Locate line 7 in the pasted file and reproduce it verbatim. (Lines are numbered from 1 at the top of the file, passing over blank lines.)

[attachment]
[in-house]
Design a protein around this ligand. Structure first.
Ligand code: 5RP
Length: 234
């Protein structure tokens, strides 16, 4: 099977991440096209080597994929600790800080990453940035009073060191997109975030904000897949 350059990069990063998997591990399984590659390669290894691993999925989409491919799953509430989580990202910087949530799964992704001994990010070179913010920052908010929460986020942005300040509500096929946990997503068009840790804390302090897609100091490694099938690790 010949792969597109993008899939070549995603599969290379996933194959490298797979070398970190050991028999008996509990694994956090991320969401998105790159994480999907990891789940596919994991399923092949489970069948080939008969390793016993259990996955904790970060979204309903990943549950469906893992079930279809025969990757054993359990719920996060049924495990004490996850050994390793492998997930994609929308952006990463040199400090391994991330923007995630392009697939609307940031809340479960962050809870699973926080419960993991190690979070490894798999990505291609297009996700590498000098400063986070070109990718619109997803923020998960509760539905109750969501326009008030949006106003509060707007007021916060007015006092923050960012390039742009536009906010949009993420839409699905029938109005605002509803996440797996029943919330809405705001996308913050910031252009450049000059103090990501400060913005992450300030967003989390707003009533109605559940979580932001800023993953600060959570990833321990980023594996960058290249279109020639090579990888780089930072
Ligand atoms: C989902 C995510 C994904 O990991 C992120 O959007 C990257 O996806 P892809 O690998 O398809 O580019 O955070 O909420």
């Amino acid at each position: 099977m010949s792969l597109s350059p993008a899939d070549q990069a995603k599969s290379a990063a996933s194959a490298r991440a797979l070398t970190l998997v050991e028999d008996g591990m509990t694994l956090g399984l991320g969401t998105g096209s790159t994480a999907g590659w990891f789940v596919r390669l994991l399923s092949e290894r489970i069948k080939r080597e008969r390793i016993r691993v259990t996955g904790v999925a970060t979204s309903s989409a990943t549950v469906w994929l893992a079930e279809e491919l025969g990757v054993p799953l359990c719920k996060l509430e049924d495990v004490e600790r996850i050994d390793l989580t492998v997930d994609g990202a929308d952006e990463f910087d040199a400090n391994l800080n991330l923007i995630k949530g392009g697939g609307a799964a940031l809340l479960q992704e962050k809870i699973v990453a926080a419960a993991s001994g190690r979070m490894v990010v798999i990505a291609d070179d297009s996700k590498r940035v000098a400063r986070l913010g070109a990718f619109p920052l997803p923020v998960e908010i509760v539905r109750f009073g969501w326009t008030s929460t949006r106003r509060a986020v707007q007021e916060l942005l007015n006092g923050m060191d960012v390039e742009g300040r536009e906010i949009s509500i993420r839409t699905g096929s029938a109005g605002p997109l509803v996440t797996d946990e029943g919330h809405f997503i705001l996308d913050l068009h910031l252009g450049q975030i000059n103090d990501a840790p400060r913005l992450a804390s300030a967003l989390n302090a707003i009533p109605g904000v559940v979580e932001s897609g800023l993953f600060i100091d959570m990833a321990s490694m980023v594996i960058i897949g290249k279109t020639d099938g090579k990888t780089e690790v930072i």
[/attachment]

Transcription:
């Amino acid at each position: 099977m010949s792969l597109s350059p993008a899939d070549q990069a995603k599969s290379a990063a996933s194959a490298r991440a797979l070398t970190l998997v050991e028999d008996g591990m509990t694994l956090g399984l991320g969401t998105g096209s790159t994480a999907g590659w990891f789940v596919r390669l994991l399923s092949e290894r489970i069948k080939r080597e008969r390793i016993r691993v259990t996955g904790v999925a970060t979204s309903s989409a990943t549950v469906w994929l893992a079930e279809e491919l025969g990757v054993p799953l359990c719920k996060l509430e049924d495990v004490e600790r996850i050994d390793l989580t492998v997930d994609g990202a929308d952006e990463f910087d040199a400090n391994l800080n991330l923007i995630k949530g392009g697939g609307a799964a940031l809340l479960q992704e962050k809870i699973v990453a926080a419960a993991s001994g190690r979070m490894v990010v798999i990505a291609d070179d297009s996700k590498r940035v000098a400063r986070l913010g070109a990718f619109p920052l997803p923020v998960e908010i509760v539905r109750f009073g969501w326009t008030s929460t949006r106003r509060a986020v707007q007021e916060l942005l007015n006092g923050m060191d960012v390039e742009g300040r536009e906010i949009s509500i993420r839409t699905g096929s029938a109005g605002p997109l509803v996440t797996d946990e029943g919330h809405f997503i705001l996308d913050l068009h910031l252009g450049q975030i000059n103090d990501a840790p400060r913005l992450a804390s300030a967003l989390n302090a707003i009533p109605g904000v559940v979580e932001s897609g800023l993953f600060i100091d959570m990833a321990s490694m980023v594996i960058i897949g290249k279109t020639d099938g090579k990888t780089e690790v930072i």